'A complex issue': Becker County faces climbing housing shortage
Becker County's need for housing is climbing. Recent studies have shown that it's quickly become one of the top needs in the county—and the shortage isn't just affecting one demographic. The need is all across the board.
"Everybody needs housing to the point where we can't even keep up," said Becker County Energize Coordinator Karen Pifher, adding that the housing demand is high for renters, single-income families, seniors, low-income families, and long-term homeless families and individuals.
At a certain point, she and others working on a housing initiative in the area had to choose where they could do the most good right now, and they decided to get started on low-income housing after digging a little deeper into the needs and realizing the cost burden of owning a home in Becker County is not sustainable for many families, particularly those currently working—or moving to the area to take—any of the top five jobs in demand in the area.
"When we looked at the top five jobs that are in demand in Becker County, none of them except for one pays enough to own a home," said Pifher.
The "vacant job wage" is approximately $31,000 per year, while the median home price in Becker County is $175,000 or an approximately $1,189 per month mortgage, vastly unaffordable for someone making $31,000 per year.
According to the study, people making the vacant job wage can afford a home that costs $832 per month, but there aren't enough of those homes on the market.
Then there are people making less than the vacant job wage, stuck at minimum wage and unable to afford anything that costs more than $720 per month, and there are even fewer homes listed at that price on the market.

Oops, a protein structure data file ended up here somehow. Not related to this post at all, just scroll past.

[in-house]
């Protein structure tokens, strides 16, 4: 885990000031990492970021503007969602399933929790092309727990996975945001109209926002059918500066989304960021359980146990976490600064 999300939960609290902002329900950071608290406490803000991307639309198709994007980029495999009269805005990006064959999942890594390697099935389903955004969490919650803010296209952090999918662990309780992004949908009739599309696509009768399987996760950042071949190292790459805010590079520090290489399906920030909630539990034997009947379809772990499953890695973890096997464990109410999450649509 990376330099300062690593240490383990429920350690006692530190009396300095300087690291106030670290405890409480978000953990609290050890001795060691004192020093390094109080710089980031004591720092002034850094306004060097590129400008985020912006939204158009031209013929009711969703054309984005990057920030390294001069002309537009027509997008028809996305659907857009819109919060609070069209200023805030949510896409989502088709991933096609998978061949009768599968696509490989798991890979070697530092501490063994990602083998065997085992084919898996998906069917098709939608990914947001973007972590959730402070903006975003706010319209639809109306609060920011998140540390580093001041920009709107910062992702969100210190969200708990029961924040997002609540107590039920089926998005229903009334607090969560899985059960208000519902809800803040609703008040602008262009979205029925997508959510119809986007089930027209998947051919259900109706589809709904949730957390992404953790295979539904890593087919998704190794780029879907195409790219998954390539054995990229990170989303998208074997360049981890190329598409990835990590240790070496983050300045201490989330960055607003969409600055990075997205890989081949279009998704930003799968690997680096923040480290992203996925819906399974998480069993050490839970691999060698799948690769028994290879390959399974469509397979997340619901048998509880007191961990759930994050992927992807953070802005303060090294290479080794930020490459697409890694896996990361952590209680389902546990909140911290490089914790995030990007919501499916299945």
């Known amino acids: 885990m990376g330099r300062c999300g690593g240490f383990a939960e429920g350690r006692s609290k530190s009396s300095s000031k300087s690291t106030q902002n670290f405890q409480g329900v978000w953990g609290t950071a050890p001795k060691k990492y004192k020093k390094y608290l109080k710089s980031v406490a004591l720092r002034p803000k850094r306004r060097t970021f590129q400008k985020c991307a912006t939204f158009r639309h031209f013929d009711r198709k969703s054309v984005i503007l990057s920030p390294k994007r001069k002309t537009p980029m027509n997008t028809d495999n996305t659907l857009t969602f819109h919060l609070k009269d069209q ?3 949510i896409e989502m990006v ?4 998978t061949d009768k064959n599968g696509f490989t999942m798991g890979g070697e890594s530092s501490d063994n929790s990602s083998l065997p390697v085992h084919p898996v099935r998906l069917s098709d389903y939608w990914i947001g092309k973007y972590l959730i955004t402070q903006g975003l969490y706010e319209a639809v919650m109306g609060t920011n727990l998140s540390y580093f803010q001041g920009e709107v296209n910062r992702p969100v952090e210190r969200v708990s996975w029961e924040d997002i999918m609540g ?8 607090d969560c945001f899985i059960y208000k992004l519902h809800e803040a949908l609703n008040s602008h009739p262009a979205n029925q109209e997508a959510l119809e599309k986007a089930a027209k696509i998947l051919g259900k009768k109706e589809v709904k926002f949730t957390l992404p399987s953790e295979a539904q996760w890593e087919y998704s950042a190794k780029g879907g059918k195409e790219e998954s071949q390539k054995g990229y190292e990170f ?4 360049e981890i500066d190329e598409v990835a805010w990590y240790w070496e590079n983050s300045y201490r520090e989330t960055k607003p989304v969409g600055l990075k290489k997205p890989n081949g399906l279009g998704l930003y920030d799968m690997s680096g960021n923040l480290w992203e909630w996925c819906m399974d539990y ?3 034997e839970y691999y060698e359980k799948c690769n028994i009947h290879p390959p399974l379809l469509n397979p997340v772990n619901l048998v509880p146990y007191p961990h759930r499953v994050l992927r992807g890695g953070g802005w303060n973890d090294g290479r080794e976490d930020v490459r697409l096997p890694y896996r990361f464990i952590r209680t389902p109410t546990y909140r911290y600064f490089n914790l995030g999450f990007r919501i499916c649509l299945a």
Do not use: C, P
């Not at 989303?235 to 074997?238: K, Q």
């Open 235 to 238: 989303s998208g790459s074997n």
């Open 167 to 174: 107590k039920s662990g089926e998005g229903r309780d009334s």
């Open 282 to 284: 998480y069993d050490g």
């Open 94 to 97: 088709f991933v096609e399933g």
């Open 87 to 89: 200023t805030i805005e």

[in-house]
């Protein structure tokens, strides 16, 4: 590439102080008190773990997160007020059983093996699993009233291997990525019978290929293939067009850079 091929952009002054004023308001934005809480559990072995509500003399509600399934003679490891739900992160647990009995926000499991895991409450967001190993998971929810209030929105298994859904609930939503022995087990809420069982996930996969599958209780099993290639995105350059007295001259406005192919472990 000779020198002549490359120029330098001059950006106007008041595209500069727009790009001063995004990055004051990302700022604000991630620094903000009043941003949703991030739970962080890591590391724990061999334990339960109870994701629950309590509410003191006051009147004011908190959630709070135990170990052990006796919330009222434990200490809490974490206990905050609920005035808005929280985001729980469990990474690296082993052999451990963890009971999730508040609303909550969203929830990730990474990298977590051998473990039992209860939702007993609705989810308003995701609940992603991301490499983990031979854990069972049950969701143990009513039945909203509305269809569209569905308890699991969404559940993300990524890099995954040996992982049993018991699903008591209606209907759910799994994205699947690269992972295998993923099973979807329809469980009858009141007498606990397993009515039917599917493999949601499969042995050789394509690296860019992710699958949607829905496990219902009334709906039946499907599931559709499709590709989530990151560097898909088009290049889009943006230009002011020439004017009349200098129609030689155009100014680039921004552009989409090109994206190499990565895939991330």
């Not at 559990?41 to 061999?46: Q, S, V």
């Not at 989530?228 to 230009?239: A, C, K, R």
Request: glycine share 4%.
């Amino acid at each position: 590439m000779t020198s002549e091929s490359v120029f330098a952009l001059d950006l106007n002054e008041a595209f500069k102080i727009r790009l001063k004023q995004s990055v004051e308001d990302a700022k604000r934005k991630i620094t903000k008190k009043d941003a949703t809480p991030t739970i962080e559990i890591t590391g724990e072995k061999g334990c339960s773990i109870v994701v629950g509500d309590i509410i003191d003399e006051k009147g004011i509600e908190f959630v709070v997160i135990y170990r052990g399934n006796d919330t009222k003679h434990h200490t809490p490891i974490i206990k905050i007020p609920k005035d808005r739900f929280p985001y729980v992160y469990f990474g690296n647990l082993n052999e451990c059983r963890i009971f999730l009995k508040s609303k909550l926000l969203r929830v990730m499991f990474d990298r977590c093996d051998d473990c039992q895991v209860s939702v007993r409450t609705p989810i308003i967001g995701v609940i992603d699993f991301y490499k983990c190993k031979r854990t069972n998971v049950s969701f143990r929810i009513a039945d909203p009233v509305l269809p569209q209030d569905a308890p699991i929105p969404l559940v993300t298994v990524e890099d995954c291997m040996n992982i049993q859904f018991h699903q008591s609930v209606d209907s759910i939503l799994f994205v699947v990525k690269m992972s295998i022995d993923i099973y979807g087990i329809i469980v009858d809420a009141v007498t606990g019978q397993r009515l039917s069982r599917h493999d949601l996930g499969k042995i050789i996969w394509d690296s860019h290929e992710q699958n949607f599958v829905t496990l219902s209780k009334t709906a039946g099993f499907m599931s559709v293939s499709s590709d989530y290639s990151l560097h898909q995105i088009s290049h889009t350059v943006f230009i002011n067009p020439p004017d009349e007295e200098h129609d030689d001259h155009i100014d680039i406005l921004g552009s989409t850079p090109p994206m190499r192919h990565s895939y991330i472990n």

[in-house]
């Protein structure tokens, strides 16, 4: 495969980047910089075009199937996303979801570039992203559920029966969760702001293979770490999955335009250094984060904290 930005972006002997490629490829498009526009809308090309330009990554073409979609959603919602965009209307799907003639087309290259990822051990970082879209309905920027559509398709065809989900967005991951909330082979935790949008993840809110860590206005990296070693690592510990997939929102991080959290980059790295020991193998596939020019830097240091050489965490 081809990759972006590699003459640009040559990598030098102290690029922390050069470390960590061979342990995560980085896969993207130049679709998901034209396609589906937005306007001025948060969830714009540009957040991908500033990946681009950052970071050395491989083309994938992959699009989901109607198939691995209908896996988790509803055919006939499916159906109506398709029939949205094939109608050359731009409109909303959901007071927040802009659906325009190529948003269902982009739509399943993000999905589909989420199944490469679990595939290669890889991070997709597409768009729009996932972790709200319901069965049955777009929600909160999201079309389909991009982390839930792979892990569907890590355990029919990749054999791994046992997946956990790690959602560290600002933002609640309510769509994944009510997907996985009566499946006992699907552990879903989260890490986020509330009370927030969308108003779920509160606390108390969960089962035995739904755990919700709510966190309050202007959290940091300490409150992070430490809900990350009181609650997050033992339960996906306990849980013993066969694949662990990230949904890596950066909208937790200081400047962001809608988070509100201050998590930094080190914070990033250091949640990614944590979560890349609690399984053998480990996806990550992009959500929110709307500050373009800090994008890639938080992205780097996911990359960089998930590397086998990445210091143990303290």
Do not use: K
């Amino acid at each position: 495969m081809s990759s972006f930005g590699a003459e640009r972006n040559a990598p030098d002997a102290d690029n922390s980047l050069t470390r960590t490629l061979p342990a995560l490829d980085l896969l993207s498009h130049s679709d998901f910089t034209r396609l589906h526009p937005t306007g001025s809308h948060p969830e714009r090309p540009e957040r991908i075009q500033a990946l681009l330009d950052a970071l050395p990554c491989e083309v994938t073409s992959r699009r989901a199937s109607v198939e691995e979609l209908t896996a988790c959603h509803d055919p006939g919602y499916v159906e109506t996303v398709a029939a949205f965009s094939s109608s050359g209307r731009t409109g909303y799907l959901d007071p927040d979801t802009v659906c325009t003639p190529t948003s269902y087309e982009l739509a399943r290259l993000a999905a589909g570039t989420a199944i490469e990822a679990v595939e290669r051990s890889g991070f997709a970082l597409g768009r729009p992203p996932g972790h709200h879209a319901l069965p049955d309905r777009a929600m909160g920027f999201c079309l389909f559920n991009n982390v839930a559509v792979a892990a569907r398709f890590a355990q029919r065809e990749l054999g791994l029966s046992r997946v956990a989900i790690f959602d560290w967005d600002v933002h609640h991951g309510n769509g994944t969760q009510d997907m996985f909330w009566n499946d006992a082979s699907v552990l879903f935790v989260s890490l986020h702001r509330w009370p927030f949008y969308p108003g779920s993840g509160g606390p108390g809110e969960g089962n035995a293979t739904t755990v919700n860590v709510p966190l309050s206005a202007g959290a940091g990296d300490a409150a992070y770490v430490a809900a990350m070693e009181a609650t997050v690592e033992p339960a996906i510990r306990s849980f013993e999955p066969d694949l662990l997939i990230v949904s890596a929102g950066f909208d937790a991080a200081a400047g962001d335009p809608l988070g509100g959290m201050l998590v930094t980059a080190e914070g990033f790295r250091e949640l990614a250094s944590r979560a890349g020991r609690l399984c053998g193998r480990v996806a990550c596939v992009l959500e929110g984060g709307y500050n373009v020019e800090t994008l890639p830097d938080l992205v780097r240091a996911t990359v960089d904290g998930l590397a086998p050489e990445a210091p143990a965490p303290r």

People aren't able to move to the area to take these jobs because they can't find an affordable home, but people currently living in the area—whether they are renting or they own a home—are also feeling the pressure. More than 53 percent of renters have a cost burden and are paying substantially more than 30 percent of their income on housing, according to a recent housing study. As for homeowners, 600 in the area also reported a cost burden.
"There's some things that we can't control. We can't change federal regulations, and we can't make housing cheaper just because we want to," said Pifher.
Rather, the affordable housing committee began working on—and just launched—the HOME program, which allows moderate and low-income families to buy a home without money upfront. The program provides down-payment and closing-cost assistance in the form of a loan. There are no monthly payments or interest accrued on the loan; however, it must be paid back when the home is sold or at the end of the first mortgage.
The committee knows it's just a step, but it's a step in the right direction.
"(Providing affordable housing) is really a complex issue that no one can fix overnight," said Pifher, adding, "We really look in general at what are the ways that we can make a difference locally?"
Another step towards providing affordable housing is coming in the form of a 30-unit townhome on Pelican Lane in Detroit Lakes, developed by D.W. Jones properties.
Fifteen of the units will be at 50 percent rent limit and 14 units will be at 60 percent rent limit, potentially providing income-based living for 29 families. (One unit will be reserved for the townhomes future caretaker and will not be income-restricted.)
The two-bedroom units will rent for $719 to $773 per month and the three-bedroom units will rent for $828 to $874 per month.
Of the 29 income-restricted units, four will be reserved for families on rental assistance and four will be reserved for families who qualify as long-term homeless.
The project groundbreaking will be held Wednesday, Oct. 17 at 1 p.m. It has been bid out to Voronyak Builders out of Bertram, Minnesota, and is expected to take 10 months to complete.